But the myth that for Pay by Bank to ‘win’ someone or something has to ‘lose’ is largely just that, a myth.

Phone screen showing a checkout with different payment methods

#2 Open banking hasn’t found its payments use case yet

Sceptics, on the other hand, still tend to see Pay by Bank as a solution waiting for a problem. Payments work just fine today, so the argument goes, and open banking is yet to prove it can do better.

This is a fairly easy myth to bust, because we have so much evidence to the contrary. Let’s take two key use cases as examples: invoices and account top-ups. 

In Sweden, close to 50% of the population are now able to pay their monthly invoices via open banking through Tink customer Kivra, and many do just that. Another Tink customer, Wealthify (backed by Aviva), now enables tens of thousands of UK investors to top up their accounts using open banking with an end-to-end success rate above 80%. There are many other such examples.

Pay by Bank is booming in these two use cases – invoices and account top-ups –  because there’s a clear product-market fit. It’s fast, cheap, secure, and provides a great user experience. And merchants are recognising this. It may be some time before open banking starts to dominate in ecommerce payments but, based on how it has adapted and thrived up to now, we wouldn’t bet against it.

#3 Adoption has been sluggish up to now

Sceptics also like to point out that consumer adoption of Pay by Bank remains relatively low. There is some truth to this. In 2021, according to OBIE data, 5 million people are estimated to have used open banking in the UK (around 10.6% of the banked population) with around 1 million new users added every 6 months. While impressive, an estimated 98% of the UK’s banked population hold a debit card.

Maybe it’s time for a bit of a reality check. ‘Four years ago,’ as OBIE chair Charlotte Crosswell puts it, ‘open banking was a concept in name only’. Open banking is a new technology and even newer as a payment method. Consumer awareness remains low. This doesn’t matter, though. What matters is that when consumers are presented with an open banking payment flow, they intuitively understand how it works and find it easy to use. And this is exactly what’s happening: in the UK and Nordic countries, Tink customers typically find that Pay by Bank reaches a 50% share-of-checkout within the first six months.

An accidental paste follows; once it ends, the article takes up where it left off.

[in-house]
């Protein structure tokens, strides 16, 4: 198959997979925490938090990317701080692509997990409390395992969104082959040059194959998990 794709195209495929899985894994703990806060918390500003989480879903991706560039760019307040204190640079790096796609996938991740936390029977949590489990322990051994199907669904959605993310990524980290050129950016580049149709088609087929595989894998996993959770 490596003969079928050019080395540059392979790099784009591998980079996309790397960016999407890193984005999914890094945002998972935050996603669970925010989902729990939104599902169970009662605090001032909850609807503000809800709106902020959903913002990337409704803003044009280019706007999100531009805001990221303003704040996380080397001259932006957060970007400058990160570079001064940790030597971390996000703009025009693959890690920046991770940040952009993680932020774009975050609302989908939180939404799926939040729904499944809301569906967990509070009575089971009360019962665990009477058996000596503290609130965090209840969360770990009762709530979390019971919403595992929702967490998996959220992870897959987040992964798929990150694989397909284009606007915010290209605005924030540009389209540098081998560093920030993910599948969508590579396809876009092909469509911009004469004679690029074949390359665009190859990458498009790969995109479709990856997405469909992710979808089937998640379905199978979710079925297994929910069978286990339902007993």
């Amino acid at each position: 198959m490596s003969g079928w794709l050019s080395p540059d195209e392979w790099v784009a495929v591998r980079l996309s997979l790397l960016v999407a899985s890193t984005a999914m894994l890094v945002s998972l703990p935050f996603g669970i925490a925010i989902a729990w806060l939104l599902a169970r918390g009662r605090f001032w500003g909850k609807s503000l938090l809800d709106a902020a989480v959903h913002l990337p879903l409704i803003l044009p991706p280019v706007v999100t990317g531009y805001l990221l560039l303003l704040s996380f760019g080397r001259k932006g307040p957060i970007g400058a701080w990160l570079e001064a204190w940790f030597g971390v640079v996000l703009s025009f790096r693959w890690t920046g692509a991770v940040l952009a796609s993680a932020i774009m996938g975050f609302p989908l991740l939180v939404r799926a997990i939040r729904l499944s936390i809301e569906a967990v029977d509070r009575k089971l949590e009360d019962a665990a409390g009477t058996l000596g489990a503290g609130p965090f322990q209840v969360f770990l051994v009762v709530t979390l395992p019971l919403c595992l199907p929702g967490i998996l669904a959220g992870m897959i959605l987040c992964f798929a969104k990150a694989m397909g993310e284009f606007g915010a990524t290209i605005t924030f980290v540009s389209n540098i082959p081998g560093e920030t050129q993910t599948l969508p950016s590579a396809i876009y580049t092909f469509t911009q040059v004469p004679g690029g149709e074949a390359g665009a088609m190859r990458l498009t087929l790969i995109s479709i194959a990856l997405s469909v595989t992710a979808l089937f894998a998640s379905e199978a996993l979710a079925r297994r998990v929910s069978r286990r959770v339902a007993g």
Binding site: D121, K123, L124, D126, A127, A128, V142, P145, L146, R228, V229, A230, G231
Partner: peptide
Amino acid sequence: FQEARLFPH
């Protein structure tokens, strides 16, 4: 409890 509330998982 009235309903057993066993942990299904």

So, where consumers can pay with open banking, they’re readily adopting it. Based on internal data and data from other providers, we at Tink estimate that around 50 million Europeans have now used open banking services. And as merchant demand increases and the user experience improves, the number of consumers exposed to open banking will only increase. According to one industry forecast, the proportion of consumers in western Europe using Pay by Bank will grow from 3.6% in 2020 to 15.7% by 2024.

#4 Consumers need to be educated about open banking

This myth ties in to concerns about low consumer adoption. It argues that consumers won’t trust and, ultimately, won’t adopt a new payment method without being educated or incentivised to do so.

This argument simply doesn’t stack up with reality. Consumers aren’t loyal to a payment method. They seek convenience and security and will choose whichever payment method offers both aspects most clearly. Crucially, this is where open banking excels.

Pay by Bank is designed to be digital- and mobile-first and uses the latest authentication methods, making it a safe payment option. There’s no need to manually enter bank details, the end-to-end user experience is seamless, and fraud is virtually eliminated.